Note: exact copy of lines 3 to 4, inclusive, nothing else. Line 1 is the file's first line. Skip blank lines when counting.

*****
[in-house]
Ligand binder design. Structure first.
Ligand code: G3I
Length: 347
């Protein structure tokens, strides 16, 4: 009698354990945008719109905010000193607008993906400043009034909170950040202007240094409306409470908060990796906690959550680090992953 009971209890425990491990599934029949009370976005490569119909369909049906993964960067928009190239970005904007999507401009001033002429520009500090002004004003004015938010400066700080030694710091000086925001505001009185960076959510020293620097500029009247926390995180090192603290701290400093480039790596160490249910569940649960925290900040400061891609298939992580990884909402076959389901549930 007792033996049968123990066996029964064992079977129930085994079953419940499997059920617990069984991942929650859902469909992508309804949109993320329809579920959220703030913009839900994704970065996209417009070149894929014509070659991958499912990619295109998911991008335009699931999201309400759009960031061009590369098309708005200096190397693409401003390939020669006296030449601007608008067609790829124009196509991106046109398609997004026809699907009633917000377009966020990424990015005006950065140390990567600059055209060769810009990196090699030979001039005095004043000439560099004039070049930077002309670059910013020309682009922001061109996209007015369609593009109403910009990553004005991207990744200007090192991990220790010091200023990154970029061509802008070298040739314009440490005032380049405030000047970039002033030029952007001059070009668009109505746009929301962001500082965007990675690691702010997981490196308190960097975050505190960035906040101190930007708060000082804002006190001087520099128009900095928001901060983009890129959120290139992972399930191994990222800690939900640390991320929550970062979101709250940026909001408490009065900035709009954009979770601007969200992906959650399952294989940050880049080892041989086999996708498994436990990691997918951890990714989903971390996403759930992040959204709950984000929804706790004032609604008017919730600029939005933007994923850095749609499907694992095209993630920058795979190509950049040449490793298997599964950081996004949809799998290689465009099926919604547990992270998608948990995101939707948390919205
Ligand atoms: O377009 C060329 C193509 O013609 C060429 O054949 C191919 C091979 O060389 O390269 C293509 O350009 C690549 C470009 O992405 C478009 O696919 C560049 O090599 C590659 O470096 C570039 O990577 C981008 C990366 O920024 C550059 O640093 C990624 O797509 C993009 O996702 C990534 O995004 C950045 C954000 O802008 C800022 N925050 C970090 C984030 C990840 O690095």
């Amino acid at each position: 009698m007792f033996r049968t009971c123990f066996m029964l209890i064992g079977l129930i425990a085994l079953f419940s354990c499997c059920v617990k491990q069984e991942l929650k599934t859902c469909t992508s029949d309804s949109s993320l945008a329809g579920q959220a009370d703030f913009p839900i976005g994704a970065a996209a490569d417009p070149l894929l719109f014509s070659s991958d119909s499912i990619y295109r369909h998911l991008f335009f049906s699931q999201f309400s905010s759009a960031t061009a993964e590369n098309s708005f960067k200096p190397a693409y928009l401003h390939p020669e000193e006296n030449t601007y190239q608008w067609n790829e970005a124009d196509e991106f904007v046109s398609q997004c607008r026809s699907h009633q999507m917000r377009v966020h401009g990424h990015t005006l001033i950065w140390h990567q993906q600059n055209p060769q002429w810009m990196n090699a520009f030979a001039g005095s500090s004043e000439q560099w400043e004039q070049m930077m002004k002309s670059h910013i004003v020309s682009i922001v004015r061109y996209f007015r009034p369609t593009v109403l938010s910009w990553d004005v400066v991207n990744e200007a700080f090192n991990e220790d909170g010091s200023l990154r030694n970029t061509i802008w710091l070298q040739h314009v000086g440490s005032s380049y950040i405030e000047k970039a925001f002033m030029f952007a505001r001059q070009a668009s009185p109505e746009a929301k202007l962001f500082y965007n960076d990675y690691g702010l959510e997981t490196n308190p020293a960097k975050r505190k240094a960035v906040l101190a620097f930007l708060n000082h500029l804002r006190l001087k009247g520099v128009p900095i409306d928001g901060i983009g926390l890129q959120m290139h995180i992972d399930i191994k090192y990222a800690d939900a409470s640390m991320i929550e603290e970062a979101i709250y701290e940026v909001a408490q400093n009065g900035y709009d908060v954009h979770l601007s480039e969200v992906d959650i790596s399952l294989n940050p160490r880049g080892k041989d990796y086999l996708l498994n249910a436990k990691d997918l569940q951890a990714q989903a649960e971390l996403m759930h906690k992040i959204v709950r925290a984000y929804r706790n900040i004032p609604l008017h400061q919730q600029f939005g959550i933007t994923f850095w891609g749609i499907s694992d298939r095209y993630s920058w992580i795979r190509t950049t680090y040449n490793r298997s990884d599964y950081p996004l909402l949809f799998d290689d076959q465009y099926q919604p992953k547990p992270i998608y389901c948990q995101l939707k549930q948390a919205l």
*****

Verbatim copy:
Ligand code: G3I
Length: 347